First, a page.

Finding Wisdom to Change in The Serenity Prayer

June 30, 2011 by  
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Today I am thinking of Reinhold Niebuhr’s “Serenity Prayer”.  It is so brilliant.  It contains the formula for living a peaceful, content, and ever enlarging life. We do not control many of the things that come our way.  Good or bad.  We don’t control the time they happen in. But the thing we do control is acceptance without pity or anger towards ourselves and others.

The prayer tells us to accept with serenity the thing we cannot change.  In my case now, I can’t change my father being in the hospital for a month fighting for his life.  I can only offer love and support and know whatever happens, is part of living. So as I have done before I will accept and live the experience and turn it part of my life’s landscape and wisdom.

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Learning To Age

May 6, 2010 by  
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hosOne of the things I’m always sorry about is how few elder friends or elder family members we have around to share their wisdom and experience with us.

We all avoid age like it is the plague but the truth is; either we get old or we die.  So somehow we need to learn how to age.  But where are the stories about people in their 70s ,80s, 90s on television?  Or in the movies?  Or many of us socialize with older people? And how many of us can go to our parents for advice?

Most of my friends either treat their parents as children or never had or are about to have a meaningful friendship with their parents.

I’m close to my parents.  I also seek out making friends with older people because I want to know how to age.  I don’t want to be caught with my pants down when my time comes.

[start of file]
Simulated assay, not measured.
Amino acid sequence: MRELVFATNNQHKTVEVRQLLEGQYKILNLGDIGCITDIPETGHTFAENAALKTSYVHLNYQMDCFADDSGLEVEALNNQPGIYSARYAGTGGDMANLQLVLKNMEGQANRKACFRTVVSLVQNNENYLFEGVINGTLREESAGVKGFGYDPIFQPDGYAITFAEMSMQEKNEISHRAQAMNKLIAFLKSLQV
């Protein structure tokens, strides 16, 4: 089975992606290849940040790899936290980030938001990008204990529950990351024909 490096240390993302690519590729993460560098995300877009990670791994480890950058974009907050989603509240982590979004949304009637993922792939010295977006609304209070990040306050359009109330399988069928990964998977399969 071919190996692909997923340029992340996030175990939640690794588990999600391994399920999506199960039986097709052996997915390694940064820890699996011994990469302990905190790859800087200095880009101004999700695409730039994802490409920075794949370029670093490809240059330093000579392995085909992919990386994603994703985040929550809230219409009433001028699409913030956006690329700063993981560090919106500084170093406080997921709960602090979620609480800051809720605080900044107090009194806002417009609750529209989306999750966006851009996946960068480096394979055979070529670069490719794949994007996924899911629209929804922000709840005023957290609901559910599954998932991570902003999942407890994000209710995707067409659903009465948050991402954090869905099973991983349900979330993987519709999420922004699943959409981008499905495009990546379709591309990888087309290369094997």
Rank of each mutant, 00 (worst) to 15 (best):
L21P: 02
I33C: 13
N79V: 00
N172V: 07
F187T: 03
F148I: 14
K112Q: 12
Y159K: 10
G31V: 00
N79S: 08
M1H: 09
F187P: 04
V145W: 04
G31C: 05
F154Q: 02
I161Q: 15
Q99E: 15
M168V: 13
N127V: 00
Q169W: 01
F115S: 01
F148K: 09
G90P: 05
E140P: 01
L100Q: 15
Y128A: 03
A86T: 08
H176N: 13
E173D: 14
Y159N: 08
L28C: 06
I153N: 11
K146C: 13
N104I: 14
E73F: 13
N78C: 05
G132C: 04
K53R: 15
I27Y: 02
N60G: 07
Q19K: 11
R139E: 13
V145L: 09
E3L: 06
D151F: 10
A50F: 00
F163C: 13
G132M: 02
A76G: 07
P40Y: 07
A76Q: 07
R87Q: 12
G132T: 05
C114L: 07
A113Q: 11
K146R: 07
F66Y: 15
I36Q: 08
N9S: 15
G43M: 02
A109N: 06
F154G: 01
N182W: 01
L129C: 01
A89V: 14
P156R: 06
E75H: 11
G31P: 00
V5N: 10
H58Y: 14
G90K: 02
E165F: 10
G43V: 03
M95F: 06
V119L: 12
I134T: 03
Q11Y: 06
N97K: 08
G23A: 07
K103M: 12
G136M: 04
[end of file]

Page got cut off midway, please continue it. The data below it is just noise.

I know aging means accepting the physical changes that happen to us.  Sometimes it is not an easy process, especially for us women whose physical attributes are so cherished in our society.  So I bargain with life.  I let some of my youthful energy go in exchange for wisdom.  And I ask my older friends and my parents how to they do it.

My mom is always saying things like: “we all walk in the dark”, or “we have to be happy today”.  Hearing those words from a woman who just turned 79 years old carries more weight than from a woman in her 30s or 40s because she says it from experience.  And then she laughs and she’s always ready to do things.

When I spend time with her, I realize there is a way to age that does not give up on life.  It’s a way that recognizes the different phases and knows how to adapt.

As I see my parents walking still holding hands and loving each other after 51 years of marriage, I know love lives on if cared for by people.

I’m not saying I’m looking forward to aging but by talking and spending quality time with older people, I know life can still be great in our 70s, 80s and 90s.


An Apology To Grace

June 29, 2009 by  
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Grace Fulkerson was my neighbor and my landlord for many years. It has been some time since she passed, following a long battle with lung cancer.